What you choose to eat (or not eat) might seem like a minor decision in the moment, but in the long run, it adds up to have a major impact on your health. That’s why it’s important to get in the habit of reading labels and making wise choices — not just in terms of foods, but in terms of how those foods were grown and produced.
“Organic” means that a food is grown without any pesticides, hormones, synthetic fertilizers or genetically modified organisms. When it comes to animal products like meat, poultry, eggs and dairy products, organic means that those animals didn’t consume any antibiotics or growth hormones — hence why organic products tend to be a bit pricier than nonorganic ones.
The Environmental Working Group performs pesticide tests on foods and turns out the Dirty Dozen list (foods that have the most pesticides) and Clean Fifteen list (which have the least pesticides). For a quick-and-dirty guide to which foods you should buy organic (“Yes”) and what items you can afford not to (“No”), check out our list ahead.
If it’s green and leafy, you should buy organic. “There are some products that are just too dangerous to consume nonorganic because of pesticides and how easily they are absorbed,” Candy Calderon, a nutrition and fitness coach, tells SheKnows. “Spinach is definitely one of them.”
These greens are jam-packed full of iron and can be used as a replacement for iceberg or romaine lettuce in a salad. Try this apple spinach salad from Gimme Some Oven.
Yes: Milk and animal protein
Buying organic milk, poultry, meat and eggs ensures no use of antibiotics or growth hormones and that the cows, poultry and other animals were fed organic feeds themselves. “Eliminating antibiotics from your body will result in a healthier immune system because it will learn to fight for itself,” says Liz Vaknin, co-founder of Our Name Is Farm.
But there’s another reason to buy these products organic. According to a study published in the British Journal of Nutrition, these products have more beneficial omega fats when produced organically. “The research concluded that grazing on greens allowed for both organic milk and meats to be higher in polyunsaturated fat when compared to conventional ones,” says Guiding Stars dietitian Allison Stowell.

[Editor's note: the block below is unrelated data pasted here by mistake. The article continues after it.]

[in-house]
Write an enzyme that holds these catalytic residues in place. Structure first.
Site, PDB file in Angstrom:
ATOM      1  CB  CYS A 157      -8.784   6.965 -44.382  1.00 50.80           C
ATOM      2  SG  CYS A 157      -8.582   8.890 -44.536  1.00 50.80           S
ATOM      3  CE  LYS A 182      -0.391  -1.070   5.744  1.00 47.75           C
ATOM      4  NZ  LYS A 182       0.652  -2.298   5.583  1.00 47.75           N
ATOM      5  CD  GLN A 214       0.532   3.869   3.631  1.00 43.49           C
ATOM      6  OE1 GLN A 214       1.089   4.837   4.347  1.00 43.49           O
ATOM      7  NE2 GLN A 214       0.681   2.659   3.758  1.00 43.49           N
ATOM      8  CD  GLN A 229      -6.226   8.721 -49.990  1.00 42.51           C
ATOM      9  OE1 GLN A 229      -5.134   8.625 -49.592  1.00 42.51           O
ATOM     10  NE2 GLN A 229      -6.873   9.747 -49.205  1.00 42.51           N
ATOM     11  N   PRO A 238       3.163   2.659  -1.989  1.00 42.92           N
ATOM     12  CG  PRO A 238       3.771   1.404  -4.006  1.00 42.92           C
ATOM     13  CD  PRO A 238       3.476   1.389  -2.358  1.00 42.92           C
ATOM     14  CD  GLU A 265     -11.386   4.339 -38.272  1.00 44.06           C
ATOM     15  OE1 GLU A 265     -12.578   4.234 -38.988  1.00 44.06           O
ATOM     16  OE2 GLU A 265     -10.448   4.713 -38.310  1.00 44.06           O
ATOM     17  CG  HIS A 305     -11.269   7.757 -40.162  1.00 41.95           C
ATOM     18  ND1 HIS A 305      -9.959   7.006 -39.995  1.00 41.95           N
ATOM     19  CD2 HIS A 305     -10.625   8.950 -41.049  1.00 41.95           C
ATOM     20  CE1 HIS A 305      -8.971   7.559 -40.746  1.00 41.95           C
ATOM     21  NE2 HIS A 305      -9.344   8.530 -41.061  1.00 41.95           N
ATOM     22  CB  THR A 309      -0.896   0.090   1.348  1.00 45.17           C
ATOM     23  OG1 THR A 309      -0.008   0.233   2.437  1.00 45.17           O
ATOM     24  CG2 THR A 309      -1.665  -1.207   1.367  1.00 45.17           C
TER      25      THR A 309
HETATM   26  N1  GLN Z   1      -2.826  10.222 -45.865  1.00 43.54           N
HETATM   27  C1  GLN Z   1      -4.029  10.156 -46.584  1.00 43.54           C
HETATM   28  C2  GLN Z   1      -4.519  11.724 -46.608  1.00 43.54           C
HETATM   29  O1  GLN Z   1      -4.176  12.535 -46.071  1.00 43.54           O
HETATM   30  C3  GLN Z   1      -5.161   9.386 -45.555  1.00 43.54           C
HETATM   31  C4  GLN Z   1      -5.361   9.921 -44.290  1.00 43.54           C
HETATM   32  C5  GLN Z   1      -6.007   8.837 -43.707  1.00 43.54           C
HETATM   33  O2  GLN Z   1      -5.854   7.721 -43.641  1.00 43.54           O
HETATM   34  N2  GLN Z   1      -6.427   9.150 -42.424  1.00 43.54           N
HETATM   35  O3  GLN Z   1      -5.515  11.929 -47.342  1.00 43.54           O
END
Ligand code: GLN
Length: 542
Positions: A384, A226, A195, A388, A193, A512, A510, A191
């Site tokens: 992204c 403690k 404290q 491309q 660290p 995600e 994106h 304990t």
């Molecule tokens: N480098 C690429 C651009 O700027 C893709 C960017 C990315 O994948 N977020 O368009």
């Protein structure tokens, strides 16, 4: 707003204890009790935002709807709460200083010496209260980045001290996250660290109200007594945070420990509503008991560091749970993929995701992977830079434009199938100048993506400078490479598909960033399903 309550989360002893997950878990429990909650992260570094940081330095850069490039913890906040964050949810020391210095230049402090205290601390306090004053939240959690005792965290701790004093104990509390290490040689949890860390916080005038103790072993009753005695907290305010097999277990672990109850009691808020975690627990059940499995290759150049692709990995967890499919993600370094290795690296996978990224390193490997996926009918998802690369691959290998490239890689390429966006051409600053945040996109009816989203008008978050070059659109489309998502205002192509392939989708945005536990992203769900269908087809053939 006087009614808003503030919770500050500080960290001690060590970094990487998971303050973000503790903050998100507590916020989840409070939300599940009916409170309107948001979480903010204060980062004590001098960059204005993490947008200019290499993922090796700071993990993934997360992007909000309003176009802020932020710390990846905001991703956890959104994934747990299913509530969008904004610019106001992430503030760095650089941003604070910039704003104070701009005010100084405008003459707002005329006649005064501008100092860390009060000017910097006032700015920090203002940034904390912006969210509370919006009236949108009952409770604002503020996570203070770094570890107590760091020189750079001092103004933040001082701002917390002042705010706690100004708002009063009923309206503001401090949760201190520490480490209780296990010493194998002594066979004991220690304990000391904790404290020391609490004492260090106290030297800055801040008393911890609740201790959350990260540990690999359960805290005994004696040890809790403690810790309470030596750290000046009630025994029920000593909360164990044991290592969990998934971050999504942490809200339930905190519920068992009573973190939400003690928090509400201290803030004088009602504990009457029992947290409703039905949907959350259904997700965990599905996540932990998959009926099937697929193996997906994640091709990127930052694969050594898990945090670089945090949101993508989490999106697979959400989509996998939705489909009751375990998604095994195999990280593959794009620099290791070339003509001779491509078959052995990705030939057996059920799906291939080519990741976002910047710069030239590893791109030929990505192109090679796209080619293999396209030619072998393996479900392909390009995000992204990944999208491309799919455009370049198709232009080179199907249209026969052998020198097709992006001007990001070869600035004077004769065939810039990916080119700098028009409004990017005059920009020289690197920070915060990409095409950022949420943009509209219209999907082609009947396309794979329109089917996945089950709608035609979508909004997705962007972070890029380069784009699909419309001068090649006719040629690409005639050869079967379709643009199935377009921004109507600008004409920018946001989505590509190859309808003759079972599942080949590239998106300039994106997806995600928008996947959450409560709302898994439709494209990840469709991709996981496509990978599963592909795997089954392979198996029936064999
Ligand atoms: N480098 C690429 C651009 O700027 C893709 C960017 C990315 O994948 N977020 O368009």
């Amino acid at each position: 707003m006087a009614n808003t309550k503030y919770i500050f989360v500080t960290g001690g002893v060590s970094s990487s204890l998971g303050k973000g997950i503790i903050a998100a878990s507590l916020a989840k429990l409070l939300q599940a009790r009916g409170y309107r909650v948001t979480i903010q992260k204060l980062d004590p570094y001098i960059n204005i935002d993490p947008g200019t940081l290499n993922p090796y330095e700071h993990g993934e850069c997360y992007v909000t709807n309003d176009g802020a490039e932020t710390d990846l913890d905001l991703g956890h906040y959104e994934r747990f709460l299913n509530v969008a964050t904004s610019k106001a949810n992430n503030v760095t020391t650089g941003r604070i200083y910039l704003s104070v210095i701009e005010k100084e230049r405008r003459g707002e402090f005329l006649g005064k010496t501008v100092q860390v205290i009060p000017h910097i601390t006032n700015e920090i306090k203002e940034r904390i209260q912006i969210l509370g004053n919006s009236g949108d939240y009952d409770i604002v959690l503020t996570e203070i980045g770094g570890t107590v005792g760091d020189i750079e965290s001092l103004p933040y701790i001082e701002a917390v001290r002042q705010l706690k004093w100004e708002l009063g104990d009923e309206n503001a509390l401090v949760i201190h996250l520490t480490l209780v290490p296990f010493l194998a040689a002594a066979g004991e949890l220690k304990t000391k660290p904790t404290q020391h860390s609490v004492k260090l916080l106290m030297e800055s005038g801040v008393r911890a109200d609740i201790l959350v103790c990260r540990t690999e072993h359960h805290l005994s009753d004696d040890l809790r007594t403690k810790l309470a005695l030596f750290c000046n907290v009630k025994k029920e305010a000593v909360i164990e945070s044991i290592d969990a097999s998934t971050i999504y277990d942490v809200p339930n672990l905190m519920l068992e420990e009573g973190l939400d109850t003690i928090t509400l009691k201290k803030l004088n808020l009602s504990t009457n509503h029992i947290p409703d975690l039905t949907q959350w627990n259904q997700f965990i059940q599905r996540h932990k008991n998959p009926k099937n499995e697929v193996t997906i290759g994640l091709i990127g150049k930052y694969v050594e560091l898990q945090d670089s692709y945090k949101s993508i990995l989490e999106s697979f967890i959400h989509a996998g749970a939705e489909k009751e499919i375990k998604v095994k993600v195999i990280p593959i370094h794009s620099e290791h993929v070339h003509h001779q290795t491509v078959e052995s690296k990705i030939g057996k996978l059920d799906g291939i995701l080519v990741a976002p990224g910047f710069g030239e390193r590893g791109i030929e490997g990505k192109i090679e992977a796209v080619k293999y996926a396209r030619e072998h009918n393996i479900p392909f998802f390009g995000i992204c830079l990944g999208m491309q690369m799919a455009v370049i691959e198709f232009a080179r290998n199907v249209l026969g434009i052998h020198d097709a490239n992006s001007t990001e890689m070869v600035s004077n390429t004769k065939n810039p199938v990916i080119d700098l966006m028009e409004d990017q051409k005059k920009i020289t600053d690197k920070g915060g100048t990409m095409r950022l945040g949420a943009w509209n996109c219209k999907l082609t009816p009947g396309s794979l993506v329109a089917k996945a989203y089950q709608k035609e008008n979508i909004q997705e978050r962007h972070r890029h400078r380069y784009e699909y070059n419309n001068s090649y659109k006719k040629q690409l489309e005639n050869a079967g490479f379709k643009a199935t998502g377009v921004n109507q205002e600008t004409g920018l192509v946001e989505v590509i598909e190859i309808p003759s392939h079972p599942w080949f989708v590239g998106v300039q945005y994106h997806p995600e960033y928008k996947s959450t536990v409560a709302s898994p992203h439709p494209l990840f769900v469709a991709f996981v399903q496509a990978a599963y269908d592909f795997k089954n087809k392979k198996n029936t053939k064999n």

The confusion over whether tomatoes are a fruit or a vegetable lives on, but one thing is for sure: Buy them organic.
“The most important fruits to buy organic are those with porous surfaces,” Vaknin says. “They are more likely to retain whatever [it] is they’re being sprayed with.” Try making fresh tomato sauce.
These succulent, heart-shaped fruits still hold their spot as No. 1 on the list after testing positive for over 20 different pesticides.
“Strawberries are a great fruit to eat,” says Amy Gorin, registered dietitian. “They offer filling fiber, providing 12 percent of the daily value per cup. Just be sure you rinse them thoroughly before eating!” Try her chocolate-strawberry overnight oats.
Gorin notes this new addition to the Dirty Dozen list this year. According to the EWG, 94 percent of the pears sampled contained pesticides.
“Pears provide cholesterol-helping fiber as well as immunity-helping vitamin C,” she says. Try this pear crisp from The Pioneer Woman.
Topping the list of produce you don’t need to worry about buying organic as much as other fruits and veggies are avocados. These green goddesses are often filed in the “healthy fat” category, and that they are.
The EWG tested over 3,000 avocados and only 1 percent showed any detectable pesticides. To get your fill of them, try this citrus-avocado salad by What’s Gaby Cooking.
No: Sweet corn
Another one that’s high on the Clean Fifteen list: sweet corn. While it tends to be higher in calories than other vegetables, it does have its fair share of healthy vitamins. Try Gorin’s honey-lime grilled corn salad.
No: Sweet peas
Sweet peas have very little pesticide residue and are safe to eat nonorganic. It’s a good thing too. “A cup of green peas provides a third of your daily fiber need,” says Gorin. Try these sweet peas with Parmesan and lemon recipe from Jessica Seinfeld.
When it comes to cereals, Jamie Leskowitz, certified dietitian-nutritionist at Weight Control Center at Columbia University tells us that most studies show no difference in toxins between organic and conventional varieties. Bring on the Rice Krispies treats!
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